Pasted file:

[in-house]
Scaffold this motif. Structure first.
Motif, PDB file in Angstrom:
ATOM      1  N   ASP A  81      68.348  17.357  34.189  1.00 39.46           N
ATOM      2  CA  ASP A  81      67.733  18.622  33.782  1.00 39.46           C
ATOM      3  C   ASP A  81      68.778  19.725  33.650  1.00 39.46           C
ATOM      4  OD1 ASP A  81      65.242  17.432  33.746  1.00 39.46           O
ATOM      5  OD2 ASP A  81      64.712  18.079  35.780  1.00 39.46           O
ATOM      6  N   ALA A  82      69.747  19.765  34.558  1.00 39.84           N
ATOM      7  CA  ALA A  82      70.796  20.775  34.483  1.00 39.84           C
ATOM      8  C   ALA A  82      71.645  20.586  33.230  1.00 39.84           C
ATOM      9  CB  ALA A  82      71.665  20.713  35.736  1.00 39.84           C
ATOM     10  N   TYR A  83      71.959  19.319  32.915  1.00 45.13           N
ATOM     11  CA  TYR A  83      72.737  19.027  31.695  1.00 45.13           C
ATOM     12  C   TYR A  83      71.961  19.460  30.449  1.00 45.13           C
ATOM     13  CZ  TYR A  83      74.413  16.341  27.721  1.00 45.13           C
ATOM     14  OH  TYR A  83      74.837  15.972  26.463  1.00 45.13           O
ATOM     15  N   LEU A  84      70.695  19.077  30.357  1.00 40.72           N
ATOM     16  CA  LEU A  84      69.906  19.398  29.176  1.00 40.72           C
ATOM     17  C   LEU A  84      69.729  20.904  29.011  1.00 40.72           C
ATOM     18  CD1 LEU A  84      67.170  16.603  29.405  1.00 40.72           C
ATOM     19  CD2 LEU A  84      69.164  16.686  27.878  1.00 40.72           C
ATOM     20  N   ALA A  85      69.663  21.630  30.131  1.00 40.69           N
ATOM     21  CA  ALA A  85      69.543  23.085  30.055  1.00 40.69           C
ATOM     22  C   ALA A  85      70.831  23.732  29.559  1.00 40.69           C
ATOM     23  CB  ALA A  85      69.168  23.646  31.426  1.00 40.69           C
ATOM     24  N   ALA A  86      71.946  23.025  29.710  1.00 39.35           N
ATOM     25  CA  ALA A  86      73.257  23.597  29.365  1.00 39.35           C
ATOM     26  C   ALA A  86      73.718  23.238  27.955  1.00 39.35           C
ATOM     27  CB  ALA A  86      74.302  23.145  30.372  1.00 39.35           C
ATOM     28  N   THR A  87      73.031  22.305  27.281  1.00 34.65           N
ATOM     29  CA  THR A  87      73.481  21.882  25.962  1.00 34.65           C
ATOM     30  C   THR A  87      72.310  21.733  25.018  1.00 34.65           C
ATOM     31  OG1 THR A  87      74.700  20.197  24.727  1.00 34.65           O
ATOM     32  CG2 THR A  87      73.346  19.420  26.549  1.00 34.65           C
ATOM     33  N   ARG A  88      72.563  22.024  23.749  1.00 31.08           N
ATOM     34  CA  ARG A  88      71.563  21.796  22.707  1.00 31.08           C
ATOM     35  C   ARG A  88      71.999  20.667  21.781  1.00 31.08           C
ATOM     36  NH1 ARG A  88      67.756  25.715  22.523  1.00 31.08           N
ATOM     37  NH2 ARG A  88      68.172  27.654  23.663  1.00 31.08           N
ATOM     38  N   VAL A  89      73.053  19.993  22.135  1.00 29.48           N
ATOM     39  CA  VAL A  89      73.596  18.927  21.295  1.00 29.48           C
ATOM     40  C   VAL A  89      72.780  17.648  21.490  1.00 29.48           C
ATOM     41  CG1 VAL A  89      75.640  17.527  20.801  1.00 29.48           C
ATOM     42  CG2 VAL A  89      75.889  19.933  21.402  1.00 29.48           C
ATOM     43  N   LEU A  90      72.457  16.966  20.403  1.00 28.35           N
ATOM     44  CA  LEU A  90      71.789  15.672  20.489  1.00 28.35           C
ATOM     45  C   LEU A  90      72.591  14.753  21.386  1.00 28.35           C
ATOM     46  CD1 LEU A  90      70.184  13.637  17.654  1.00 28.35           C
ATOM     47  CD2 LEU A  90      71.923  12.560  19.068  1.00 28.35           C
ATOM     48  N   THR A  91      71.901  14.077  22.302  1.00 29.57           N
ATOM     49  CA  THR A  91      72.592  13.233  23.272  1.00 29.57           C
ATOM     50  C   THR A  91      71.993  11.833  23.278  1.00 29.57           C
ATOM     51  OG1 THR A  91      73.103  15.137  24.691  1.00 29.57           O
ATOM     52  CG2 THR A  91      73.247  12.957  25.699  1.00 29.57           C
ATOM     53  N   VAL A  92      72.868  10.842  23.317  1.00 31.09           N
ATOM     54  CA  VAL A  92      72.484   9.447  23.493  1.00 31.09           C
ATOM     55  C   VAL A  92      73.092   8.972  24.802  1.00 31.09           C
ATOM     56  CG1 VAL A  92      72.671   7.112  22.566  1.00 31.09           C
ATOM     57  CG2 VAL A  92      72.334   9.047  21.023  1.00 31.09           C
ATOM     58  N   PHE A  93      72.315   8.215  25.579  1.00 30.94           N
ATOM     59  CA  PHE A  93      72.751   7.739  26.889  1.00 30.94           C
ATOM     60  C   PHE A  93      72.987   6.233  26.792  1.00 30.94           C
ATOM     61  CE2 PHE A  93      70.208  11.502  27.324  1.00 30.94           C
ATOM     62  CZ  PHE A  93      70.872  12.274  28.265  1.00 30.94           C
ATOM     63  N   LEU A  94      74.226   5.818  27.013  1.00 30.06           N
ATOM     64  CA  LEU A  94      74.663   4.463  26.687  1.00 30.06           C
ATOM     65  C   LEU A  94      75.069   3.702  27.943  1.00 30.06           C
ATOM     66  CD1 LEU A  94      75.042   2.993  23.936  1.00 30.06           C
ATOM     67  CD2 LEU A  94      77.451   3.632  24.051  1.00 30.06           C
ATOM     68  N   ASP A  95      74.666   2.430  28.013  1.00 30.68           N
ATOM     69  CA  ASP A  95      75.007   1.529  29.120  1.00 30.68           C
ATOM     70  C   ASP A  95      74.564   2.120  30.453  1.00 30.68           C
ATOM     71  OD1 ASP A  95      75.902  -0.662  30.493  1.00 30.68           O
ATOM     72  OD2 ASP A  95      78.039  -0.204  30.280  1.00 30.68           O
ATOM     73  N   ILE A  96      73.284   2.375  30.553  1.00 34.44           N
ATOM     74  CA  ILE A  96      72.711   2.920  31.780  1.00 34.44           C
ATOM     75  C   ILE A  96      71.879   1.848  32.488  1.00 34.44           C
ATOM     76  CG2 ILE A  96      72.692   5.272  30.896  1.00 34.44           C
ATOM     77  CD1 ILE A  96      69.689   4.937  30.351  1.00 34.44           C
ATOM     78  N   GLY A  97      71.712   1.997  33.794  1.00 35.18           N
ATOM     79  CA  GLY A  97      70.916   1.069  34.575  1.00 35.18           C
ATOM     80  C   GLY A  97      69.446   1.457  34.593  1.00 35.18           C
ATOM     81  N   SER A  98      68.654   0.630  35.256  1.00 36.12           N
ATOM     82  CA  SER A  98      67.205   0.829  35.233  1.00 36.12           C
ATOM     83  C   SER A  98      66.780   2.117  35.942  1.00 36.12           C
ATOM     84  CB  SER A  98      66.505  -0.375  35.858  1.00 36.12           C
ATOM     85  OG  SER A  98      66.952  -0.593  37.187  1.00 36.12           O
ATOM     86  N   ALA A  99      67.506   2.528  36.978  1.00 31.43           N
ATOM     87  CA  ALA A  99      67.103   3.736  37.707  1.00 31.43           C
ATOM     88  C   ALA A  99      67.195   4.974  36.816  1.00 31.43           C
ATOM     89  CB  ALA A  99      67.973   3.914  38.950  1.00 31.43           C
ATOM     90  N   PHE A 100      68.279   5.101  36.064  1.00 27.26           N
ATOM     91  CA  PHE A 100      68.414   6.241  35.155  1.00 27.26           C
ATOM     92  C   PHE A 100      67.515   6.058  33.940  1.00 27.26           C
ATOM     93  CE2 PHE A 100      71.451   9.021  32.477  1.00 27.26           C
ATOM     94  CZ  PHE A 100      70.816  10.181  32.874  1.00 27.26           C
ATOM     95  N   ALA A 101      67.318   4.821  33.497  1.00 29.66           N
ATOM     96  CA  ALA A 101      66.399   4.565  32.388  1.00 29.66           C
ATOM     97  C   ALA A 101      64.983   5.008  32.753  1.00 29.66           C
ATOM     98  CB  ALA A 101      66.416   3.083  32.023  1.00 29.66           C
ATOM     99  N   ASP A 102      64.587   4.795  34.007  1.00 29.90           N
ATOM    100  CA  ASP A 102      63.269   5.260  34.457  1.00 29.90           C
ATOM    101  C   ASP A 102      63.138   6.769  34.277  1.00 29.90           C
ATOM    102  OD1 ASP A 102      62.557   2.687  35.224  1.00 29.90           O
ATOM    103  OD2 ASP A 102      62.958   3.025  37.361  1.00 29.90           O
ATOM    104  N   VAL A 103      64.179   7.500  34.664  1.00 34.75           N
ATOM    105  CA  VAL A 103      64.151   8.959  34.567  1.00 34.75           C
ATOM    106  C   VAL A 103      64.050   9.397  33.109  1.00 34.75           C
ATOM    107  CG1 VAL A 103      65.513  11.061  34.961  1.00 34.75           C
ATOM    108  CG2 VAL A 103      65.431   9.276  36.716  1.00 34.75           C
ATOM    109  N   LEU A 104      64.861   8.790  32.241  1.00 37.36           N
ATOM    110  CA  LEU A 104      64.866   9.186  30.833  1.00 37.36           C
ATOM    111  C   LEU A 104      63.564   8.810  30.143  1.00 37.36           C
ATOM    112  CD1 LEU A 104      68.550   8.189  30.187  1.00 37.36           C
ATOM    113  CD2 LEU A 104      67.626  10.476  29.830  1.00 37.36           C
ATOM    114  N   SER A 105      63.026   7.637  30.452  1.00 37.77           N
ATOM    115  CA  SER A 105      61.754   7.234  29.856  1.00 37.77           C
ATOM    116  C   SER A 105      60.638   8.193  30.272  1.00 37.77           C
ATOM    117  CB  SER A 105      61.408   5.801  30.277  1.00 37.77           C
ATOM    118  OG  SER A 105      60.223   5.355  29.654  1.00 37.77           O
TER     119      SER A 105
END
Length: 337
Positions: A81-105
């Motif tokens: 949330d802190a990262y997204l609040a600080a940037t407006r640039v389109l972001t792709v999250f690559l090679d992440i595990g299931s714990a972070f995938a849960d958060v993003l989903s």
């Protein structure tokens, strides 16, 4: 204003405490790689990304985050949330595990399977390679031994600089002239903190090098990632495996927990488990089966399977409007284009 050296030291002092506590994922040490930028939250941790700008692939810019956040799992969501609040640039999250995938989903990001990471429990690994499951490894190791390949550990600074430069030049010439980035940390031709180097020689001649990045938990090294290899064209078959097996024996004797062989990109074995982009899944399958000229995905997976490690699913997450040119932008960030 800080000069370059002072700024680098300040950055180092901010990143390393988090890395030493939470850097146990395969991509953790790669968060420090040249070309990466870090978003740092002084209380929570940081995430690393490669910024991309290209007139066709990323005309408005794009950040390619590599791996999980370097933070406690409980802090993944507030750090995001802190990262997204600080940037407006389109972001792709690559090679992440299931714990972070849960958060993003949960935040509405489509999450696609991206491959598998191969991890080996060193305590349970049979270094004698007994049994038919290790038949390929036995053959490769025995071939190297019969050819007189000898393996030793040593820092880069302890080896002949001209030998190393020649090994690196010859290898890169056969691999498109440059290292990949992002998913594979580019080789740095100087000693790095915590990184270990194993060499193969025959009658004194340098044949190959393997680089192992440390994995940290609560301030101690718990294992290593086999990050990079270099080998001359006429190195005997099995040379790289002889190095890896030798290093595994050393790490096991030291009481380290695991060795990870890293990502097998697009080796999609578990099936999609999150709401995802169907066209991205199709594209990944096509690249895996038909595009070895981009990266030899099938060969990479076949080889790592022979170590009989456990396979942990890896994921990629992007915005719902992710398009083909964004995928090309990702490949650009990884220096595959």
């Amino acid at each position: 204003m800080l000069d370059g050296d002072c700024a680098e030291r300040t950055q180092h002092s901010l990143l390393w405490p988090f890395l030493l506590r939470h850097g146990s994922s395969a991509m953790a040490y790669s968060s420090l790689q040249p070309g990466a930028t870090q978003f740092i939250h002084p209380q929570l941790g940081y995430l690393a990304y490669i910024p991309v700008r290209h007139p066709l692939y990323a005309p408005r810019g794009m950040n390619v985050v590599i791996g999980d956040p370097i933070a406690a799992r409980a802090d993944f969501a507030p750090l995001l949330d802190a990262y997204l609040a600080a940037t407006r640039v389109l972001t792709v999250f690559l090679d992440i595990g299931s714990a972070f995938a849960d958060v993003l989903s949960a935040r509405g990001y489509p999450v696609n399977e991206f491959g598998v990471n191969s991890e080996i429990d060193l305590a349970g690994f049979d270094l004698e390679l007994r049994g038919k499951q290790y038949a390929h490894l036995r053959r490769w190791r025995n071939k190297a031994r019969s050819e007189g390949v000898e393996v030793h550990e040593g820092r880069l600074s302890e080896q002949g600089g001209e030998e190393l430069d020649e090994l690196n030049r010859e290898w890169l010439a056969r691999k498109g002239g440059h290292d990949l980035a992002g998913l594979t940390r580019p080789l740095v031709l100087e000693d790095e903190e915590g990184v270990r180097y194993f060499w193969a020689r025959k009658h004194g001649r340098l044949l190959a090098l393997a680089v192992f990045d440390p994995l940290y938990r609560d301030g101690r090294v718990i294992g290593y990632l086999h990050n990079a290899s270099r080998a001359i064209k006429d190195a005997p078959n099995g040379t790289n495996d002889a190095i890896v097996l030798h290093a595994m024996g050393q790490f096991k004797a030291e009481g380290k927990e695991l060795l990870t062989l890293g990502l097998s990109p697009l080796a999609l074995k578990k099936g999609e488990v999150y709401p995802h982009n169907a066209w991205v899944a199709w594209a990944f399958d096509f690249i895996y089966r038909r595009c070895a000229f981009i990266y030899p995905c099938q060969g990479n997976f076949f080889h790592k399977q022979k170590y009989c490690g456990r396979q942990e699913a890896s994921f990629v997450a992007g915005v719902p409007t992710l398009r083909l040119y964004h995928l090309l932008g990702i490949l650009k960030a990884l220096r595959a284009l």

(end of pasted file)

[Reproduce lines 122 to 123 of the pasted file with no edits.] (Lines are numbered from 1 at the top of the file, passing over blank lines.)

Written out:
TER     119      SER A 105
END